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Bob Fraser

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About Bob Fraser

  • Birthday 06/21/1958

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    Liverpool, Merseyside, England

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  1. I feel your pain. I've an AL Endeavour on the shelf with about half the fittings missing that they wouldn't replace. It'll end up as a lower mast only model. Good catch withthe balsa , it'll give the gun stubs something solid to glue to, not much chance of them coming away.
  2. Hi Wayne. Welcome. Have a look here, there's a lot of pinned info that will help you. card-and-paper-models Cheers, Bob
  3. Go careful, you can quickly take too much off with it. Use a piece of string, or a 0.5mm length of stripwood to check for lumps or gaps as you're going. This is where, many years ago, I trashed a model 🥵 and didn't really touch another until now. Is this a double planked hull?
  4. Hi. Don't know if Anna is able to reply. Part 26 is a length of walnut, 500mm long and 4mm x 5mm. You have to cut this to length yourself, and shape it to fit as in pic 9 where it meets part 25, and pic 10 where it meets the end of the flat bottom. Before cutting and fitting ensure part 25 sits flush to the hull, as it hasn't fitted too well on my build. Your best idea would be to start a build log of your model in the 1850 - 1900 area, (check out how to create a build log name), and use the same tags as this log so that other builders of this model who are currently active
  5. Before you plank, check the glue you'll be using to the dummy barrels to the polystyrene. Some glues just melt it. It may be better to replace with balsa. Fairing the bulkheads make all the difference with planking!
  6. Thanks Halfdan. The Captain has now been joined by a very stern Mate! Thanks to all for the likes. I did these, one side only, before the 4 week illness 🤢 break. Distances between were measured as per the large plan page as advised (thanks @John Gummersall) Measured the height with a micrometer - great - cut one out to test fit. Fitted - then realised these are angled 🤬 Each one differnt height. Then the Mate inspected the sternmost post. His comment was "a bit of a tight squeeze there!" He also inspected the stairwell fence for height.
  7. It looks like step 15 in the booklet shows the proper placement. Pic from @toms10 These should be shown on the A4 sheets that show all the cutouts from plywood? Sometimes these parts look like throw aways after a larger piece has been removed, as I've found. Sorry I can't be of more help on this one 🙁. Bob
  8. Hi Treesqueak Have a look at Toms10s build. It shows where and what these pieces are for. Maybe ask him about them? It also looks as if he has an English copy of the instructions too!
  9. I see what you mean, you'll need to cut out the window parts and put the plastic ones in their place, keeping the rest of the metal stern. Go careful and slowly! Like Backer, scored lines and black paint on plastic sheet is how I did the Mississippi windows in simple square windows. Or you'll need to make the inner window frames and use something like Microscale Micro Krystal Klear (other products available!) to fill in the gaps. Don't forget you'll need to put a colour wash behind them to show them off. I recall some doing black or dark blue behind the panes. Enjoy the "fr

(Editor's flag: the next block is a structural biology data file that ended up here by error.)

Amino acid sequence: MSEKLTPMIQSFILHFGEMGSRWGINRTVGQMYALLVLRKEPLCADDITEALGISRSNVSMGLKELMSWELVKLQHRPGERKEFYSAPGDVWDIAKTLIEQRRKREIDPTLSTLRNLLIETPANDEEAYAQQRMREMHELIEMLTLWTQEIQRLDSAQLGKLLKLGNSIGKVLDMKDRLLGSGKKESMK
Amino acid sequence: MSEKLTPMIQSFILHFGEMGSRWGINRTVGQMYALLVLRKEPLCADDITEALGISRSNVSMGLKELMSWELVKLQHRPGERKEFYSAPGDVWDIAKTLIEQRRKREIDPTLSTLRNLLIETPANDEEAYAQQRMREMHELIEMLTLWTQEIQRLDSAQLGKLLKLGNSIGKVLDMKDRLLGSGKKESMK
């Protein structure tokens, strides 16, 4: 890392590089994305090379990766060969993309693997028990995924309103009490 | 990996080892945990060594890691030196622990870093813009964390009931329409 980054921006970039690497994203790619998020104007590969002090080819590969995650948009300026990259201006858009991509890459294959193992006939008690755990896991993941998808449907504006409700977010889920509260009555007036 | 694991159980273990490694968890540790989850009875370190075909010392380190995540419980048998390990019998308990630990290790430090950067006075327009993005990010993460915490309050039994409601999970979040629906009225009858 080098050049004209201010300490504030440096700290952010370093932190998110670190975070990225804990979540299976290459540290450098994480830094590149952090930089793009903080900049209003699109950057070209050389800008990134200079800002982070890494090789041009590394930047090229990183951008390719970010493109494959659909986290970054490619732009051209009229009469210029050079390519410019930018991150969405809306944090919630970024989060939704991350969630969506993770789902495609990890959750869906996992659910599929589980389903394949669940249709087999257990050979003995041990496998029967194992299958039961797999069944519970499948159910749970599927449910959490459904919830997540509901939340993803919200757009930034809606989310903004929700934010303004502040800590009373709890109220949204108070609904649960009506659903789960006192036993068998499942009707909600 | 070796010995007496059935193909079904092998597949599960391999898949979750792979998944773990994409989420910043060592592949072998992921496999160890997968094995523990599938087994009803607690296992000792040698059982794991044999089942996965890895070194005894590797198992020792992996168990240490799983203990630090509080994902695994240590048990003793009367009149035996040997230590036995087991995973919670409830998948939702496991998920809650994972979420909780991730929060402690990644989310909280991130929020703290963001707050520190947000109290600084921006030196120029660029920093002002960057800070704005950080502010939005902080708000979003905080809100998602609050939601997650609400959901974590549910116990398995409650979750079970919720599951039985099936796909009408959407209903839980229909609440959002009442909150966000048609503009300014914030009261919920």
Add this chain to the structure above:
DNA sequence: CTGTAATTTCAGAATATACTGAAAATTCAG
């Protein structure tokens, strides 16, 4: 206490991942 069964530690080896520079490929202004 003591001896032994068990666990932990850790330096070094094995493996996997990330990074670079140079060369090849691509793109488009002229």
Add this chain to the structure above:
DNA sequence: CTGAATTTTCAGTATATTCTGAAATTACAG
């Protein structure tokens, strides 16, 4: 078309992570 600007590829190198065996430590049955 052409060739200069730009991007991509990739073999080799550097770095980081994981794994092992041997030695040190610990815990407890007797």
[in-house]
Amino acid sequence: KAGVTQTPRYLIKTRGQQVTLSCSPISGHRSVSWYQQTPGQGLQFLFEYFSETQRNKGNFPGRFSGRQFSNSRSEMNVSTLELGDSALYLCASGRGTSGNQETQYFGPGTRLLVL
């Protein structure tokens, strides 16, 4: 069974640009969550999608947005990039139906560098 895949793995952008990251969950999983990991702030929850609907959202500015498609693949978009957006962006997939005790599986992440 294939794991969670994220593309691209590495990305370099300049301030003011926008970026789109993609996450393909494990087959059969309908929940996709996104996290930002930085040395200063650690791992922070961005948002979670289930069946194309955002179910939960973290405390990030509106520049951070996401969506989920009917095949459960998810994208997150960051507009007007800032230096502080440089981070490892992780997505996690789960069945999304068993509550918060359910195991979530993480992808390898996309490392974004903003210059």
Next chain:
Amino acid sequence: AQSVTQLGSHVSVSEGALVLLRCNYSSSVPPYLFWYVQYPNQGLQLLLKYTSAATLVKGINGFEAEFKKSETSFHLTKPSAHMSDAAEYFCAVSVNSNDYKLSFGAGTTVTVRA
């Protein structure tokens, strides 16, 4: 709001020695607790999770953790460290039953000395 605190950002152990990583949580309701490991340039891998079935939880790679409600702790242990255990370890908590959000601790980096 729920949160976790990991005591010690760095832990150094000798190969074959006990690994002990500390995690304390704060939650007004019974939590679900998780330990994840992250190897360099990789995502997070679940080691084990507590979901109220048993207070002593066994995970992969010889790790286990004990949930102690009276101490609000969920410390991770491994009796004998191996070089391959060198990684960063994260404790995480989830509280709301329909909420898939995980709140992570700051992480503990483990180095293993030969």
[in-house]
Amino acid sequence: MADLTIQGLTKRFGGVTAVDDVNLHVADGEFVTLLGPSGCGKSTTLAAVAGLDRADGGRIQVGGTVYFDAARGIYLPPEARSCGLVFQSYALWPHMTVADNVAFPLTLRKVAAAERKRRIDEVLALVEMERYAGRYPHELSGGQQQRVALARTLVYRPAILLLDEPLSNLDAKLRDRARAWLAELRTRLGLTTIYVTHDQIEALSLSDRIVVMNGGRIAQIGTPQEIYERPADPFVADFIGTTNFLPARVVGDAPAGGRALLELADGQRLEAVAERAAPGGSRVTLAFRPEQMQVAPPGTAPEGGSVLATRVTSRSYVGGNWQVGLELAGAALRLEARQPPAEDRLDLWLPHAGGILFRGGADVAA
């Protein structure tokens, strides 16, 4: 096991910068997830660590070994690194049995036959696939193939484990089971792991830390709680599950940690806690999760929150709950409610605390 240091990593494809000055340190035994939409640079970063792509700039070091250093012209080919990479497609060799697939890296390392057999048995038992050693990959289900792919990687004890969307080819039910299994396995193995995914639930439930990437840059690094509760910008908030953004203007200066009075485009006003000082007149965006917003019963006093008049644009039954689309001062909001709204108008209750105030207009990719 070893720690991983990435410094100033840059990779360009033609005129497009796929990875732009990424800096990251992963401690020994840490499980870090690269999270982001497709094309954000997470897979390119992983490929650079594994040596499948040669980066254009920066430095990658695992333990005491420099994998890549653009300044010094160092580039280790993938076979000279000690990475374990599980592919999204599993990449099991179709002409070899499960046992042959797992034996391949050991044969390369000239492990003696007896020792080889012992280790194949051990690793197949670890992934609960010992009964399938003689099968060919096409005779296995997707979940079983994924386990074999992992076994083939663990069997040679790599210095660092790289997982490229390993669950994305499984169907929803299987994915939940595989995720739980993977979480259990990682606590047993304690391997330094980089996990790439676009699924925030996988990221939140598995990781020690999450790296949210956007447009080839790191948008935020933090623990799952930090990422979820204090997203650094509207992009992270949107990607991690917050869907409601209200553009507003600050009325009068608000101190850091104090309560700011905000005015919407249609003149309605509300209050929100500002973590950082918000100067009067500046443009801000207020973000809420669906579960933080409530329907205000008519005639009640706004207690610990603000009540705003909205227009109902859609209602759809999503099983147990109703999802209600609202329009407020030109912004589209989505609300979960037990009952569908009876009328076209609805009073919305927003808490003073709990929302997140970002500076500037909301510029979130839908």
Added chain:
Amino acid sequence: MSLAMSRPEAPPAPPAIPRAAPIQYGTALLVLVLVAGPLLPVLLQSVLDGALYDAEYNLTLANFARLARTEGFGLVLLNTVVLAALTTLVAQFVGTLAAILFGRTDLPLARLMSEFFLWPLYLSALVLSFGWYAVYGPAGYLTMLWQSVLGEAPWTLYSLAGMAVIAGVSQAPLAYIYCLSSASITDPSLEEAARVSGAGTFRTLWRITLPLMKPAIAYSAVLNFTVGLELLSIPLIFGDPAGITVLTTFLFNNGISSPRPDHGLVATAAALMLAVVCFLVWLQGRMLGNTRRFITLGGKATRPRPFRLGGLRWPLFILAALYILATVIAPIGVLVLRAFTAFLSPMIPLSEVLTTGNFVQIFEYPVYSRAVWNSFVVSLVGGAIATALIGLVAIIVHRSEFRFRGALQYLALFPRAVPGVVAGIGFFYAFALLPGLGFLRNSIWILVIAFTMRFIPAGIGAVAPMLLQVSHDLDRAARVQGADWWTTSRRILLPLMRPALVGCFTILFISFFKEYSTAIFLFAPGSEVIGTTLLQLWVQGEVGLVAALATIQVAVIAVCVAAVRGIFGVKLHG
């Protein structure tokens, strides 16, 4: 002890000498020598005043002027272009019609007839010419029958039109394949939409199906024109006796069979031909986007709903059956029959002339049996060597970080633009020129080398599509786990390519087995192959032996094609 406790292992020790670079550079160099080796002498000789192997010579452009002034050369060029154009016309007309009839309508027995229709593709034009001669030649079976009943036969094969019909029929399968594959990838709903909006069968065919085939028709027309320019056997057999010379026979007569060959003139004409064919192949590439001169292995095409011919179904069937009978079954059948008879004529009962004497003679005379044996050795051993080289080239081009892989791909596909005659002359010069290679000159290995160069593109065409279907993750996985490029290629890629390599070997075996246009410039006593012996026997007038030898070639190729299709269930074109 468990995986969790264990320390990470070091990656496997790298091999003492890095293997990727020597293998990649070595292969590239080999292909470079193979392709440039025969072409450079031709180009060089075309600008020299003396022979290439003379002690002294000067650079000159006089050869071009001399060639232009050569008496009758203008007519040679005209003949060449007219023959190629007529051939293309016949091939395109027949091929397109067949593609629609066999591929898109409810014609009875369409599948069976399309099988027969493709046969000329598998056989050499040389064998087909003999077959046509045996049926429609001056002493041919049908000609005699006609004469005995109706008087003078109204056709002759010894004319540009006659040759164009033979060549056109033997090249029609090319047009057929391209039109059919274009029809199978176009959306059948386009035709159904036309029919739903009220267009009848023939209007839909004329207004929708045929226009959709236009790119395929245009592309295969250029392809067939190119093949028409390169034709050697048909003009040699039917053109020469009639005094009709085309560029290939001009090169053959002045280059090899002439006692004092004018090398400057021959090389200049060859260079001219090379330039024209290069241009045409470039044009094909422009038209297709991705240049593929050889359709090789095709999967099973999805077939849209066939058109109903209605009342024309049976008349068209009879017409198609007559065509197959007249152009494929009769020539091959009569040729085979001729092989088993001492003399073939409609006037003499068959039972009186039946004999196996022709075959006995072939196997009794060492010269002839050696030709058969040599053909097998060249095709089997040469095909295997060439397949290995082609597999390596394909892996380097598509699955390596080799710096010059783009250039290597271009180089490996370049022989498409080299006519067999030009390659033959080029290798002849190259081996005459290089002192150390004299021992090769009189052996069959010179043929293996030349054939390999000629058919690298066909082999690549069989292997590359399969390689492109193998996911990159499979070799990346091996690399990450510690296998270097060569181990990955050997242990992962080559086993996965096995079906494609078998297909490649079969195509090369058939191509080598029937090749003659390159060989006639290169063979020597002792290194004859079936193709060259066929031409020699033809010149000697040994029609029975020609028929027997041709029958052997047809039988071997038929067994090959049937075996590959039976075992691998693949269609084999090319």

10. Hi, They really are! Oh, and welcome from across the Pond Bob
  11. From over the Pond, a scouse welcome. Bob
  12. Hi Teetree. Simply put - especially for me - The bottoms don't line up because of the way the hull is designed, you'll see this in the pictures. The tops line up decause that's where the deck lies. I completely messed up my first attempt 40 years ago and gave up until recently - no internet for help back then! Have a read of these tutorials Hull and Planking Lots of info there. [Also I would suggest starting a build log in the 1751 - 1800 area. Loads of help and advice to be gained by that. Read this on how to name your log too! Naming your log] Edit - see you've alr
  13. Two others that come up are "The Anatomy of Nelsons Ships" by Longridge, and "18th Century Rigs and Rigging" by Mardquart although Lees covers this and a wider time period. "Building Plank on Frame Ship Models" by McCarthy, books by Keith Julier and Scott Robertson have lots of general info and particular model info depending on the book - should be reasonably priced, and then if you have a particular ship in mind, the "Anatomy of the Ship" book for it will help with the details. Forgot to add - "The Sloop of War 1650 - 1763" by Ian McLaughlan I found it a great reference for
  14. @shipmanI have all of Lou's photos, but they are copyright him, so I'm not sure about being able to share them. They are a total of 1.4Gb, around 12Mb each. Unfortunately the link shared in his original post is no longer working. I know he last logged on April this year, so maybe PM him to ask if he has an updated link? From the pics in the 1957 pamphlet it seems the roof colours changed over the years, wood, white, or white edged wood, as did the deckhouses themselves, all wood, or wood with white panelling. The boat chocks always seem to be white though. So again, what
  15. Hi Halfdan, I think it's meant to be a lion. The Admiralty passed several edicts about paint and figureheads. The basic RN figurehead was the rampant lion, and even this was "banned" from the lower rates during the mid 1700s because of the cost. If a captain wanted fancy paintwork, scrolls and figureheads he had to pay out of his own pocket. From the RMG Website, good description given. Figurehead Looking good though! Cheers, Bob
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